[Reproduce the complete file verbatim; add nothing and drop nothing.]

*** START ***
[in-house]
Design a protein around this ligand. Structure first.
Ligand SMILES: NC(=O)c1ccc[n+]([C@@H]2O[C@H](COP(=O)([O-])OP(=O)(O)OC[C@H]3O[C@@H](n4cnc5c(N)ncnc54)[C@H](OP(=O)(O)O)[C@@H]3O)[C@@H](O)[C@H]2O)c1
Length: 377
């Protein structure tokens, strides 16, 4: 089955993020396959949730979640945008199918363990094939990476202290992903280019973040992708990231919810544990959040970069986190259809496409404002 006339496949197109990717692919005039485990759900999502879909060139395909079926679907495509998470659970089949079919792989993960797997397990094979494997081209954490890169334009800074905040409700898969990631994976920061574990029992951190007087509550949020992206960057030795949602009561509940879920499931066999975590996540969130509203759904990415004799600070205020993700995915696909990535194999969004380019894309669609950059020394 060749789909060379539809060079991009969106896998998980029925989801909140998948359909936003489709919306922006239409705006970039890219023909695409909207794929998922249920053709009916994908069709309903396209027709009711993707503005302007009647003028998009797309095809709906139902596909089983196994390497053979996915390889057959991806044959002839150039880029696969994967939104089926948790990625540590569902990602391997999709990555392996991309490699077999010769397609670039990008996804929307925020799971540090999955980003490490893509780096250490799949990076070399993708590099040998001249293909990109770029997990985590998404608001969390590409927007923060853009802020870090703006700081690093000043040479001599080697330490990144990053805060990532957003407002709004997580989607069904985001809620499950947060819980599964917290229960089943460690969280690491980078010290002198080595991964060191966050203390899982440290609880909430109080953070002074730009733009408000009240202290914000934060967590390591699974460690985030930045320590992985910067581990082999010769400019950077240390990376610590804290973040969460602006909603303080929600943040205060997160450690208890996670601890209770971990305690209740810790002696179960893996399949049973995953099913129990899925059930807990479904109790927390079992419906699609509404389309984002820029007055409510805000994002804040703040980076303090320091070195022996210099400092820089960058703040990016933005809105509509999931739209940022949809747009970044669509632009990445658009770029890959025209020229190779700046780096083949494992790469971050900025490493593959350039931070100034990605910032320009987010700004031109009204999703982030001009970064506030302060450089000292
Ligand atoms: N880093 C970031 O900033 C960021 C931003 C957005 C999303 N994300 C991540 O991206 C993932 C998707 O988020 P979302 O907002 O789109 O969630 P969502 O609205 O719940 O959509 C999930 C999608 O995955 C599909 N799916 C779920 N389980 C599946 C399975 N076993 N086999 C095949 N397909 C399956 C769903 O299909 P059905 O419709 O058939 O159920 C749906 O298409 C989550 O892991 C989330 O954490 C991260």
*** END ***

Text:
[in-house]
Design a protein around this ligand. Structure first.
Ligand SMILES: NC(=O)c1ccc[n+]([C@@H]2O[C@H](COP(=O)([O-])OP(=O)(O)OC[C@H]3O[C@@H](n4cnc5c(N)ncnc54)[C@H](OP(=O)(O)O)[C@@H]3O)[C@@H](O)[C@H]2O)c1
Length: 377
């Protein structure tokens, strides 16, 4: 089955993020396959949730979640945008199918363990094939990476202290992903280019973040992708990231919810544990959040970069986190259809496409404002 006339496949197109990717692919005039485990759900999502879909060139395909079926679907495509998470659970089949079919792989993960797997397990094979494997081209954490890169334009800074905040409700898969990631994976920061574990029992951190007087509550949020992206960057030795949602009561509940879920499931066999975590996540969130509203759904990415004799600070205020993700995915696909990535194999969004380019894309669609950059020394 060749789909060379539809060079991009969106896998998980029925989801909140998948359909936003489709919306922006239409705006970039890219023909695409909207794929998922249920053709009916994908069709309903396209027709009711993707503005302007009647003028998009797309095809709906139902596909089983196994390497053979996915390889057959991806044959002839150039880029696969994967939104089926948790990625540590569902990602391997999709990555392996991309490699077999010769397609670039990008996804929307925020799971540090999955980003490490893509780096250490799949990076070399993708590099040998001249293909990109770029997990985590998404608001969390590409927007923060853009802020870090703006700081690093000043040479001599080697330490990144990053805060990532957003407002709004997580989607069904985001809620499950947060819980599964917290229960089943460690969280690491980078010290002198080595991964060191966050203390899982440290609880909430109080953070002074730009733009408000009240202290914000934060967590390591699974460690985030930045320590992985910067581990082999010769400019950077240390990376610590804290973040969460602006909603303080929600943040205060997160450690208890996670601890209770971990305690209740810790002696179960893996399949049973995953099913129990899925059930807990479904109790927390079992419906699609509404389309984002820029007055409510805000994002804040703040980076303090320091070195022996210099400092820089960058703040990016933005809105509509999931739209940022949809747009970044669509632009990445658009770029890959025209020229190779700046780096083949494992790469971050900025490493593959350039931070100034990605910032320009987010700004031109009204999703982030001009970064506030302060450089000292
Ligand atoms: N880093 C970031 O900033 C960021 C931003 C957005 C999303 N994300 C991540 O991206 C993932 C998707 O988020 P979302 O907002 O789109 O969630 P969502 O609205 O719940 O959509 C999930 C999608 O995955 C599909 N799916 C779920 N389980 C599946 C399975 N076993 N086999 C095949 N397909 C399956 C769903 O299909 P059905 O419709 O058939 O159920 C749906 O298409 C989550 O892991 C989330 O954490 C991260």